Known as the Festival of Colors, Holi is a Hindu festival celebrated throughout India and other areas with a major Hindu influence, such as North America, Europe, Africa and other parts of southern Asia. According to Hindu tradition, the demon king, Hiranyakashipu, was granted “eternal life” from Brahma. The boon (blessing) stipulated that Hiranyakashipu could not be killed during the day or night, inside or outside his home, on earth or in the sky, or by man nor animal. Because of this protection, Hiranyakashipu grew arrogant and denounced the Gods and ordered everyone to pray to him. Prahlada, Hiranyakashipu’s son, was a devout follower of Lord Vishnu and became upset at the outrageous claims his father was making. Hiranyakashipu ordered Prahlad not to worship Vishnu but Radhu persisted. Hiranyakashipu then tried unsuccessfully to have his son killed, as Prahlada survived poisoning, trampling, biting and fire. In one incident Prahlad and his sister were induced to sit on a pyre. Holika, who was believed to be immune to fire, was consumed while Prahlad was unscathed. It is in Holika’ memory that the festival is celebrated under the name Holi. It was then that Lord Vishnu took action. He came in the form of a half man-half lion, and killed Hiranyakashipu at dusk on the porch, killing him on his lap, thus avoiding the boons that protected Hiranyakashipu.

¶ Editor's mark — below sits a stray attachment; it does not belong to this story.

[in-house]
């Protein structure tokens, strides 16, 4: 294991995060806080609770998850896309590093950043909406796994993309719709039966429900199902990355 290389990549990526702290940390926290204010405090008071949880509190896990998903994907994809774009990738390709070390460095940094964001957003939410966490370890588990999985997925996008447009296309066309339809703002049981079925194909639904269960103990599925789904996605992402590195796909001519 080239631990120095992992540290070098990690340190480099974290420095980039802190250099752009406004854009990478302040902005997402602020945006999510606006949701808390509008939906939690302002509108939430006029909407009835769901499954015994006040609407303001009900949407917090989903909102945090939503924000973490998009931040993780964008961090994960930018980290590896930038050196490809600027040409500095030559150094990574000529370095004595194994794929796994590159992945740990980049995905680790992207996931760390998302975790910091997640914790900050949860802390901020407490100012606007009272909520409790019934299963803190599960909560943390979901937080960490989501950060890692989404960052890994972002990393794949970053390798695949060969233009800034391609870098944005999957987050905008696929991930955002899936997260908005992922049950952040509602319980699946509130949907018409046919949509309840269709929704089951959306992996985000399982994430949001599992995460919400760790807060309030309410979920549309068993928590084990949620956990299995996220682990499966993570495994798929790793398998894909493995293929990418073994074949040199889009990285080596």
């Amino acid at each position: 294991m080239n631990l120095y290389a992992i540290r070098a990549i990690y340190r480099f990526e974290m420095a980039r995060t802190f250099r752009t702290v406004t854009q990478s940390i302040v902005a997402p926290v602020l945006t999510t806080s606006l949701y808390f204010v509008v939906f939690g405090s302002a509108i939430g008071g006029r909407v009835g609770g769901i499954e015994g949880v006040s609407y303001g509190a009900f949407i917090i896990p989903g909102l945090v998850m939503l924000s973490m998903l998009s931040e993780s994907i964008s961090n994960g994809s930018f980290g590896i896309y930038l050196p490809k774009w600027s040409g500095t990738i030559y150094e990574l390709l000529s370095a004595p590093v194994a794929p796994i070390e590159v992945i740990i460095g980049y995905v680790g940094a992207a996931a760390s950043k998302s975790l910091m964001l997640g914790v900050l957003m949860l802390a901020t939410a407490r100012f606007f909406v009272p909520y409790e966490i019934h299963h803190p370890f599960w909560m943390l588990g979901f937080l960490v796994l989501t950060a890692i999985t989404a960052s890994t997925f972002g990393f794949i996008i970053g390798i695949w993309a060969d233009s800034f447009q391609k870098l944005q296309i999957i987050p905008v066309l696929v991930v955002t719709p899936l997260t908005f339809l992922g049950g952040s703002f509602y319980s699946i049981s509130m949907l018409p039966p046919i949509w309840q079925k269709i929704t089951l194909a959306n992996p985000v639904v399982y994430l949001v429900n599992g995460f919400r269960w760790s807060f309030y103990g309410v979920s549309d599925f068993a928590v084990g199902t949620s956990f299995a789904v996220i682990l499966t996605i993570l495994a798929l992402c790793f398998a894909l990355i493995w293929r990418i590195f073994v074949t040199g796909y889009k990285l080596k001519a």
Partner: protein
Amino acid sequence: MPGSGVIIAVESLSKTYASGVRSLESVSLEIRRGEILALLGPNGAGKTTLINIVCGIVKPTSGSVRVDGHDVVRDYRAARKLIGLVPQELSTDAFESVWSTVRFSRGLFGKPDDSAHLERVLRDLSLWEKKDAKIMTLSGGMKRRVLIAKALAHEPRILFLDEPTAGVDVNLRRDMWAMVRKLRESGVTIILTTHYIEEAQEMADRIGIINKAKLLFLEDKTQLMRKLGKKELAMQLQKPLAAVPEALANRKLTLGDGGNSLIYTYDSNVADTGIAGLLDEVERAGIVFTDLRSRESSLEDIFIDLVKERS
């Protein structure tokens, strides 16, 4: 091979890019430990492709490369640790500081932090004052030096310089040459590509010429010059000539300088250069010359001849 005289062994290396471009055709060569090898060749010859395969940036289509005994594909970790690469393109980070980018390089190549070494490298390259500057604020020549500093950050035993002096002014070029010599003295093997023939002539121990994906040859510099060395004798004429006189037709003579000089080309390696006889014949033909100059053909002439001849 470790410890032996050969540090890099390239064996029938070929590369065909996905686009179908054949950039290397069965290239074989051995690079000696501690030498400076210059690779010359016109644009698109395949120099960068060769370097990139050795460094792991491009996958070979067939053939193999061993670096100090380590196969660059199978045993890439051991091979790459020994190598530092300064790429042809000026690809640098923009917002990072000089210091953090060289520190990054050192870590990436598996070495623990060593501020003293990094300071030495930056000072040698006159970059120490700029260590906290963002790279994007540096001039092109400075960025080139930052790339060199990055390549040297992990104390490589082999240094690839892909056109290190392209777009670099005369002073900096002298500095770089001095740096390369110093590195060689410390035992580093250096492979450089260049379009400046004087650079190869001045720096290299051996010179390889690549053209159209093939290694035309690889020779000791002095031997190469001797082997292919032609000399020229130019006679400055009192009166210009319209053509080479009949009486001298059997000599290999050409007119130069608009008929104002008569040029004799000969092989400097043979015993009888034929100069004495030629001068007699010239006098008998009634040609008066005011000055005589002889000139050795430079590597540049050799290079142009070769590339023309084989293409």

Holi is celebrated at the end of the winter season and the beginning of spring, usually February or March, during the last full moon day of the Hindu month of Phalguna. Like most festivals, it lasts for several days, and in some areas is celebrated for several weeks. Holi is celebrated in a variety of ways in different countries, but there are a number of common rituals. A bonfire is also typical of Holi; participants will gather around the fire, which symbolizes the death of the demons and demonesses. One of the most distinctive rituals involves participants throwing colored powder and water on one another, which is why the holiday is referred to as the Festival of Colors.. In more traditional cultures, it was the ashes of the bonfire that were used during the color throwing ceremony. Holi is also a time of feasting, and those participating in the festivities begin to prepare lavish meals well in advance of the celebration. The holiday is noted for a suspension of social distinctions based on gender, caste, social status, and age as well as social norms governing conventional propriety, which creates a carnivalesque atmosphere.
Profile prepared by Josh Jolly